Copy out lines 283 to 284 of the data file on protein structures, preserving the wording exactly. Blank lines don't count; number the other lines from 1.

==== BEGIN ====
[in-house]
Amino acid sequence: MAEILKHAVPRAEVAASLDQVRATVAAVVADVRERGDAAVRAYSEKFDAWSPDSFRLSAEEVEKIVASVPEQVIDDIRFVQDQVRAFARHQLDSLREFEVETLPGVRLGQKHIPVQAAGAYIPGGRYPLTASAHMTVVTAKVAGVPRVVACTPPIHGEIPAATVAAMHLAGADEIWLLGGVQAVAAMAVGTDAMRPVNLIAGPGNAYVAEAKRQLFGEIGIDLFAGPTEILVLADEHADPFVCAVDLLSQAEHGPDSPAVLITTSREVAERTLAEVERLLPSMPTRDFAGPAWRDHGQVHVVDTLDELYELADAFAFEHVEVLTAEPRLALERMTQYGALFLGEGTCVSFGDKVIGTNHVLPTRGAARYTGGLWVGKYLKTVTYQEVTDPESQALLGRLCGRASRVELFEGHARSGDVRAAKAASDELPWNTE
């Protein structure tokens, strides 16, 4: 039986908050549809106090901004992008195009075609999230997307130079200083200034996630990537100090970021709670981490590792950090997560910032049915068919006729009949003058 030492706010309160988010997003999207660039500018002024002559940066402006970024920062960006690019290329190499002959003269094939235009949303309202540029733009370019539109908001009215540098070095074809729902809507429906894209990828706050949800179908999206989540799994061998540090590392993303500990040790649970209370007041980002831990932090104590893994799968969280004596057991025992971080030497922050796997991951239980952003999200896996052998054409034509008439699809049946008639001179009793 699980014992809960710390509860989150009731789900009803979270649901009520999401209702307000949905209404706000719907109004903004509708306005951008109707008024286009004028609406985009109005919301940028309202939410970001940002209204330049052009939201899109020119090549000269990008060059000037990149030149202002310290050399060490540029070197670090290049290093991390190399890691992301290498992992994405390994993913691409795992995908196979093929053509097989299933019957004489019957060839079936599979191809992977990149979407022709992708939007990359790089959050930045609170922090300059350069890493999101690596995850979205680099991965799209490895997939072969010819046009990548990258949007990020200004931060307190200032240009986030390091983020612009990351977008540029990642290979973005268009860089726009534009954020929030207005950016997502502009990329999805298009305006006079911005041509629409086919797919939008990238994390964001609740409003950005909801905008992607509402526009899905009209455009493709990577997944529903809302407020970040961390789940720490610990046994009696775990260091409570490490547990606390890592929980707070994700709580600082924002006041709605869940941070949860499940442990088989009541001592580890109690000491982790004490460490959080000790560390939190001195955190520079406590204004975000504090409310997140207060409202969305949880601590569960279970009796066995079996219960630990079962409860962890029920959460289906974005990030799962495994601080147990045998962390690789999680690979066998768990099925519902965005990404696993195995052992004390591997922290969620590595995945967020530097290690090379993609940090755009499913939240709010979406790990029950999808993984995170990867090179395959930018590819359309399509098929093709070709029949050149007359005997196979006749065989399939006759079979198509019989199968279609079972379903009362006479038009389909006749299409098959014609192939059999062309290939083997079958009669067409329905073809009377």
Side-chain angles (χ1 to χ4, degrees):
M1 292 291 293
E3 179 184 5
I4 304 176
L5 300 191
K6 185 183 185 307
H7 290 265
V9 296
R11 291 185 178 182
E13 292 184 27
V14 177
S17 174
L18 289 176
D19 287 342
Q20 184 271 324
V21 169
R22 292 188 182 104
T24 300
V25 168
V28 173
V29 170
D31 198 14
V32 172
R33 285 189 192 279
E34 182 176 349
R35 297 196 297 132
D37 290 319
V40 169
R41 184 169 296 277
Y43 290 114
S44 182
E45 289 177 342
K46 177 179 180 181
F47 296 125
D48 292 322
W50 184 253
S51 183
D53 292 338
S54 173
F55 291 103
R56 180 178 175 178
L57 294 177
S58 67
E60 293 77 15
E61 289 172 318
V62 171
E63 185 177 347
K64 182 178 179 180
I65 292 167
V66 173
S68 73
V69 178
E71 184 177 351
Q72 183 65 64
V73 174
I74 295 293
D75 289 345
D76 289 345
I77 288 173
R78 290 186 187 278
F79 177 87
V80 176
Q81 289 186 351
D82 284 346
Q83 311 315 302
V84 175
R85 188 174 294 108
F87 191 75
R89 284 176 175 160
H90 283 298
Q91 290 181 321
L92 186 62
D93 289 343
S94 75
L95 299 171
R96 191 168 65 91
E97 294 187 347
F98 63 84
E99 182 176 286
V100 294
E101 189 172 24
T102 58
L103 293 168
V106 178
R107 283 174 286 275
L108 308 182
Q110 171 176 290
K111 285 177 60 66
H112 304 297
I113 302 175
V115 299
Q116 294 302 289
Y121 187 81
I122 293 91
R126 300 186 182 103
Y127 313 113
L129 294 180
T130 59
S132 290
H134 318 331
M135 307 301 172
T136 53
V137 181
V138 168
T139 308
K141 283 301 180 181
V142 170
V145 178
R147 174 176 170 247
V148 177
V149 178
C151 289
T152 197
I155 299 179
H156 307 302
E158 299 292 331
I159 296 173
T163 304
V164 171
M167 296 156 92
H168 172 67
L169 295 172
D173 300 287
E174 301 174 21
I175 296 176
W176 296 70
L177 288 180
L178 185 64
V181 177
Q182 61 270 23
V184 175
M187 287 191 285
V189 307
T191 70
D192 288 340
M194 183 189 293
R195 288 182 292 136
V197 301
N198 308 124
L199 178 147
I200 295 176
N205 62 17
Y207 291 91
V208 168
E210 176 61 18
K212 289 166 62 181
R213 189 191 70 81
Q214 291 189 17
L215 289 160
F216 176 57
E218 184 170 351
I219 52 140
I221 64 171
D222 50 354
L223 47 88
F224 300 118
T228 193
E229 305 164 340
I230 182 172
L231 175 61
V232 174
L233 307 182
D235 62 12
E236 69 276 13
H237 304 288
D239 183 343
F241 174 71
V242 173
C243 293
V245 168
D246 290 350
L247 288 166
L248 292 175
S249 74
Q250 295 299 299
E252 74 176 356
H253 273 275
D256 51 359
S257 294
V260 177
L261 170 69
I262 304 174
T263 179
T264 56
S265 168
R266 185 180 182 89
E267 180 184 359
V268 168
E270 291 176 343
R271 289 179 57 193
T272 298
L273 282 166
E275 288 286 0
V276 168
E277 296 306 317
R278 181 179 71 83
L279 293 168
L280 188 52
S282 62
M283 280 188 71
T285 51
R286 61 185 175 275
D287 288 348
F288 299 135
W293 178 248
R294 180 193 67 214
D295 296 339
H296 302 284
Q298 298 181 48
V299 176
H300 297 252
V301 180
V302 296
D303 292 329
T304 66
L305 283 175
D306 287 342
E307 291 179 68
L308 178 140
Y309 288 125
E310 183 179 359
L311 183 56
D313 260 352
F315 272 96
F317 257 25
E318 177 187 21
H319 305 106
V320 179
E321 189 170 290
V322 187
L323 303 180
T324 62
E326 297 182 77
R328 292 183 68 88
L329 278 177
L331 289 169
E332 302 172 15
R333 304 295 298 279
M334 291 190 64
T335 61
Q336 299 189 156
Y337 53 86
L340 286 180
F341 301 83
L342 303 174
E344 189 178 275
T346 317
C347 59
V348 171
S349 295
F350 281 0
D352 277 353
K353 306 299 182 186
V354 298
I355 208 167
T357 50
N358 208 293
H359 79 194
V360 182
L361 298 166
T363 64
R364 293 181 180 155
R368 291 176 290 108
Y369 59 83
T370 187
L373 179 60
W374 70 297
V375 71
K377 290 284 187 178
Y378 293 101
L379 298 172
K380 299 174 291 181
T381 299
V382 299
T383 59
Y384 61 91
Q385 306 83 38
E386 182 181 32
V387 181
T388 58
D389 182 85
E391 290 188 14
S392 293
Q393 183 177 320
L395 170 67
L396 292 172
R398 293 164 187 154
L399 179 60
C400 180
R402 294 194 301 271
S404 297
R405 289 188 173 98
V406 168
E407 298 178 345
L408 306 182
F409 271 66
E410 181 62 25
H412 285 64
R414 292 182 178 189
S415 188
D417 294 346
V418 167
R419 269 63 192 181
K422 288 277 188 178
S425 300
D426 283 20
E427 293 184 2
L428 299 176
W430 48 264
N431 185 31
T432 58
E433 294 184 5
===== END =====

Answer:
T388 58
D389 182 85